iPhoneOgraphy – 12 Jul 2016 (Day 194/366)
In cooking, a gas stove is a cooker / stove which uses natural gas, propane, butane, liquefied petroleum gas or other flammable gas as a fuel source. Prior to the advent of gas, cooking stoves relied on solid fuel such as coal or wood. The first gas stoves were developed in the 1820s, and a gas stove factory was established in England in 1836. This new cooking technology had the advantage that it was easily adjustable and could be turned off when not in use. However the gas stove did not become a commercial success until the 1880s, by which time a supply of piped gas was available in large towns in Britain. The stoves became widespread on the European Continent and in the United States in the early 20th century.
Gas stoves became less unwieldy when the oven was integrated into the base and the size was reduced to fit in better with the rest of the kitchen furniture. By the 1910s, producers started to enamel their gas stoves for easier cleaning. Ignition of the gas was originally by match and this was followed by the more convenient pilot light. This had the disadvantage of a continual consumption of gas. The oven still needed to be lit by match, and accidentally turning on the gas without igniting it could lead to an explosion. To prevent these types of accidents, oven manufacturers developed and installed a safety valve called a flame failure device for gas hobs and ovens. Most modern gas stoves have electronic ignition, automatic timers for the oven and extractor hoods to remove fumes.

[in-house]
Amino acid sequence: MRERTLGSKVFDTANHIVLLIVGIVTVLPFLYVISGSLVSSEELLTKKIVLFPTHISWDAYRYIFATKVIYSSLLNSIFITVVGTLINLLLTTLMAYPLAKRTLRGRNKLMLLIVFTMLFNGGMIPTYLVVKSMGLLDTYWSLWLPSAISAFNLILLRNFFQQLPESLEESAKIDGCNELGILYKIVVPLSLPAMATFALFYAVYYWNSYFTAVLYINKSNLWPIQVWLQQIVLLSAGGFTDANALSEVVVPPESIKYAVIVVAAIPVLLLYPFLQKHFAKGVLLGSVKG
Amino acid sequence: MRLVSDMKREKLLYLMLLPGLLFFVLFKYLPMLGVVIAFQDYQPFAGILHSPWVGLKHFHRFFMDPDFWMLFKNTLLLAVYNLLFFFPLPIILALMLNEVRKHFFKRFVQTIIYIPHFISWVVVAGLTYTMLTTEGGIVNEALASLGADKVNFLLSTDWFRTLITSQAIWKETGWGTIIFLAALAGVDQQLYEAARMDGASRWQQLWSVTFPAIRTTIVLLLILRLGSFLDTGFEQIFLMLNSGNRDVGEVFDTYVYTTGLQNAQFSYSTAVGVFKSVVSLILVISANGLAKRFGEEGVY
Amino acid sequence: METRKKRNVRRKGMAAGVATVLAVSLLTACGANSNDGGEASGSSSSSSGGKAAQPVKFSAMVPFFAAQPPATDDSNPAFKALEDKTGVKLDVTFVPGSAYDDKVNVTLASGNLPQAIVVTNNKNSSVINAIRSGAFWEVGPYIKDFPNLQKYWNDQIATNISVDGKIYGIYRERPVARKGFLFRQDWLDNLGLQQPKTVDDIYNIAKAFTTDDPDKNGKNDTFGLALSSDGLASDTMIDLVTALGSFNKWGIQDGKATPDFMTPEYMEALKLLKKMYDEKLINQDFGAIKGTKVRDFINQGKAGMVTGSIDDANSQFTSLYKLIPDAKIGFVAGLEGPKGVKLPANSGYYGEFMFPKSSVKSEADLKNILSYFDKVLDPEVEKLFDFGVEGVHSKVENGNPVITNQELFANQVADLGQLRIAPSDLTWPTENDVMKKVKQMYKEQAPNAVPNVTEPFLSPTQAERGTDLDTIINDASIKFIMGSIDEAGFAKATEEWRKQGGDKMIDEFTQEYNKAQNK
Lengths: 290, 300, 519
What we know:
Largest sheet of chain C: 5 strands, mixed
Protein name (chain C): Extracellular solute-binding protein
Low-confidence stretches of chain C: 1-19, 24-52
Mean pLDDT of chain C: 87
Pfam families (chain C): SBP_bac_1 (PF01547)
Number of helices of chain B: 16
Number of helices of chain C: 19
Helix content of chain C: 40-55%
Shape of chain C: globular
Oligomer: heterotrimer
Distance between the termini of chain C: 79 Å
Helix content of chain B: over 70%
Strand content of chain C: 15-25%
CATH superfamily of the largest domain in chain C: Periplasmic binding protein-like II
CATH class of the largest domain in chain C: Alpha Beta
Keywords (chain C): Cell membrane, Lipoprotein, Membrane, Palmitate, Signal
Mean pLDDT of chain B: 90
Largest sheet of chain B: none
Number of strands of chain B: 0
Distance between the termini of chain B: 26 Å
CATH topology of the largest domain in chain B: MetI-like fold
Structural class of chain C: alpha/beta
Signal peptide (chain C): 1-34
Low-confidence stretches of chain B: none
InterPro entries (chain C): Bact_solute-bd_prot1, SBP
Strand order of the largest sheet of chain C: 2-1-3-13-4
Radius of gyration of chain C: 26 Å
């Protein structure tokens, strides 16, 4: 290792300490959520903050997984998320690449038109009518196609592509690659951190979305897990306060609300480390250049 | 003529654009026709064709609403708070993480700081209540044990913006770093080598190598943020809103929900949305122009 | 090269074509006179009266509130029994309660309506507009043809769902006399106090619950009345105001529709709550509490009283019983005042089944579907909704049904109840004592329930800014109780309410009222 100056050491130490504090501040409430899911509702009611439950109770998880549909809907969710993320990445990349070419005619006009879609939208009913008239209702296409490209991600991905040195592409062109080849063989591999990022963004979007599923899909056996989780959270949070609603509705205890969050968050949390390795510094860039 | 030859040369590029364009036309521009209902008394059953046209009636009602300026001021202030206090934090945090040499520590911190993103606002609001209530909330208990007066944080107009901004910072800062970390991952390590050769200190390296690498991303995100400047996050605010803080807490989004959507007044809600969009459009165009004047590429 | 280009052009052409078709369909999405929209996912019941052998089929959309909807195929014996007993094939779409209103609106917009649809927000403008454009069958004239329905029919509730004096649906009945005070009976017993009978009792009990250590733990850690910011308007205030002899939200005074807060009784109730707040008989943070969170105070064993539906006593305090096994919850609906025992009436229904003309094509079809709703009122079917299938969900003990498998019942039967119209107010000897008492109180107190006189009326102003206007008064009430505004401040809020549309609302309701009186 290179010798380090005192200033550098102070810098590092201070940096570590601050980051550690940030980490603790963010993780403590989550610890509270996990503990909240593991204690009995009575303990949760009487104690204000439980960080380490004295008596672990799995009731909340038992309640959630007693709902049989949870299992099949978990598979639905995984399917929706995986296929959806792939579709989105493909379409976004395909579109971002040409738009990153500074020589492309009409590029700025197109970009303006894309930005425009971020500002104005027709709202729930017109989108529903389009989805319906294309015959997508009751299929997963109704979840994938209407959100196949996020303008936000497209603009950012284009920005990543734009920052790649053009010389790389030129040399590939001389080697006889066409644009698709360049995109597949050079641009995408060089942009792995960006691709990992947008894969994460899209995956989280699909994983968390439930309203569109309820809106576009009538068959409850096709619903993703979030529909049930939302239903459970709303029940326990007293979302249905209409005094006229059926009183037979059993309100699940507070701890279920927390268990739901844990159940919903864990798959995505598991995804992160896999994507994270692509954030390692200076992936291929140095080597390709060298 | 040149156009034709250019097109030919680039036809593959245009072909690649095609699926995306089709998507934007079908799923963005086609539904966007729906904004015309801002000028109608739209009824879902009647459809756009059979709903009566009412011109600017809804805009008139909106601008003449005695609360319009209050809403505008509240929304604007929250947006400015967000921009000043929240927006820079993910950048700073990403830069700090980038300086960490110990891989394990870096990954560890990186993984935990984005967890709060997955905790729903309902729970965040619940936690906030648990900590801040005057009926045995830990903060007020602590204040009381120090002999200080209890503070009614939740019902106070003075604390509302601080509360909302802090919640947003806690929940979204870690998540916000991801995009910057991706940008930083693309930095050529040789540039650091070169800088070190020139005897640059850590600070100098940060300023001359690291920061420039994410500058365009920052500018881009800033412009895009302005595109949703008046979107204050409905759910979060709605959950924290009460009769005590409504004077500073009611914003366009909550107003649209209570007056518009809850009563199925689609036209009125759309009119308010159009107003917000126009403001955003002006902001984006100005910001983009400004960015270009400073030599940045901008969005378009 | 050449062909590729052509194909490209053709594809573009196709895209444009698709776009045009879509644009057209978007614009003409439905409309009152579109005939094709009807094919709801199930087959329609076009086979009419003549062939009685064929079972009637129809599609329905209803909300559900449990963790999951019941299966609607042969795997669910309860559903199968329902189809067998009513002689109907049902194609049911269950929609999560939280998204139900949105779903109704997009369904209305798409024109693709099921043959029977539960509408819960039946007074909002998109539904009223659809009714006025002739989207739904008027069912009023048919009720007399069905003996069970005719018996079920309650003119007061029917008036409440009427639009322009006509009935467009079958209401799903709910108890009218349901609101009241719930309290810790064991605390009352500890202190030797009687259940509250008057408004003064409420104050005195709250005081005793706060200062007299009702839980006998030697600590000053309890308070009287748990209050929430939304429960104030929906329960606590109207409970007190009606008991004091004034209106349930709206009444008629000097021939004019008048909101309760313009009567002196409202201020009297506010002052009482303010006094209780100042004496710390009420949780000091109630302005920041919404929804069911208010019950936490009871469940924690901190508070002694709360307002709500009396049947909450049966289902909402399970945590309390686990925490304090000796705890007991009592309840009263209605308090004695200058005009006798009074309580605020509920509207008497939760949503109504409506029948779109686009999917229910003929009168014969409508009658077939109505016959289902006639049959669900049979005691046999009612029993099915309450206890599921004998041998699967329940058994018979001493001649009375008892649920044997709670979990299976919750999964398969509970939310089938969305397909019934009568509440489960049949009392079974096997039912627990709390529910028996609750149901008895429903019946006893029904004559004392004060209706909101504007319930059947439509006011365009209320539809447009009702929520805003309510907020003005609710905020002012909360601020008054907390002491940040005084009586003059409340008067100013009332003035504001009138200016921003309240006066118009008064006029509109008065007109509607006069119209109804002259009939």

A major improvement in fuel technology came with the advent of gas. The first gas stoves were developed as early as the 1820s, but these remained isolated experiments. James Sharp patented a gas stove in Northampton, England in 1826 and opened a gas stove factory in 1836. His invention was marketed by the firm Smith & Philips from 1828. An important figure in the early acceptance of this new technology, was Alexis Soyer, the renowned chef at the Reform Club in London. From 1841, he converted his kitchen to consume piped gas, arguing that gas was cheaper overall because the supply could be turned off when the stove was not in use.
A gas stove was shown at the World Fair in London in 1851, but it was only in the 1880s that the technology became a commercial success in England. By that stage a large and reliable network for gas pipeline transport had spread over much of the country, making gas relatively cheap and efficient for domestic use. Gas stoves only became widespread on the European Continent and in the United States in the early 20th century.
Early gas stoves were rather unwieldy, but soon the oven was integrated into the base and the size was reduced to fit in better with the rest of the kitchen furniture. In the 1910s, producers started to enamel their gas stoves for easier cleaning.